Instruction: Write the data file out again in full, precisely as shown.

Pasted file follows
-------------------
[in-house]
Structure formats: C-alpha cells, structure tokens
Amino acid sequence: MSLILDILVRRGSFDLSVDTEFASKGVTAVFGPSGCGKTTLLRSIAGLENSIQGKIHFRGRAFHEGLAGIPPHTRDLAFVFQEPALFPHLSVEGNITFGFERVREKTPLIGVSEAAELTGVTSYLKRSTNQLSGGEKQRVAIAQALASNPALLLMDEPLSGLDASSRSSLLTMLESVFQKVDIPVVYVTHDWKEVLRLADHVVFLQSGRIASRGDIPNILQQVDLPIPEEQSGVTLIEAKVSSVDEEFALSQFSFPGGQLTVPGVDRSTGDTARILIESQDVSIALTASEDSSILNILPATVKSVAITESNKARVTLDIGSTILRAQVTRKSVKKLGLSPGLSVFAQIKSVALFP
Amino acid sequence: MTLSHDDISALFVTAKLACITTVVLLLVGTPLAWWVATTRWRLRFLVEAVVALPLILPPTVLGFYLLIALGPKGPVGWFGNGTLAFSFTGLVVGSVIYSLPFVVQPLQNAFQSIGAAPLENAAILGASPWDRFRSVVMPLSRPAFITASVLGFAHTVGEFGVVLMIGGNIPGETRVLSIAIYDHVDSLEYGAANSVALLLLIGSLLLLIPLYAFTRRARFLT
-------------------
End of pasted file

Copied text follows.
[in-house]
Structure formats: C-alpha cells, structure tokens
Amino acid sequence: MSLILDILVRRGSFDLSVDTEFASKGVTAVFGPSGCGKTTLLRSIAGLENSIQGKIHFRGRAFHEGLAGIPPHTRDLAFVFQEPALFPHLSVEGNITFGFERVREKTPLIGVSEAAELTGVTSYLKRSTNQLSGGEKQRVAIAQALASNPALLLMDEPLSGLDASSRSSLLTMLESVFQKVDIPVVYVTHDWKEVLRLADHVVFLQSGRIASRGDIPNILQQVDLPIPEEQSGVTLIEAKVSSVDEEFALSQFSFPGGQLTVPGVDRSTGDTARILIESQDVSIALTASEDSSILNILPATVKSVAITESNKARVTLDIGSTILRAQVTRKSVKKLGLSPGLSVFAQIKSVALFP
Amino acid sequence: MTLSHDDISALFVTAKLACITTVVLLLVGTPLAWWVATTRWRLRFLVEAVVALPLILPPTVLGFYLLIALGPKGPVGWFGNGTLAFSFTGLVVGSVIYSLPFVVQPLQNAFQSIGAAPLENAAILGASPWDRFRSVVMPLSRPAFITASVLGFAHTVGEFGVVLMIGGNIPGETRVLSIAIYDHVDSLEYGAANSVALLLLIGSLLLLIPLYAFTRRARFLT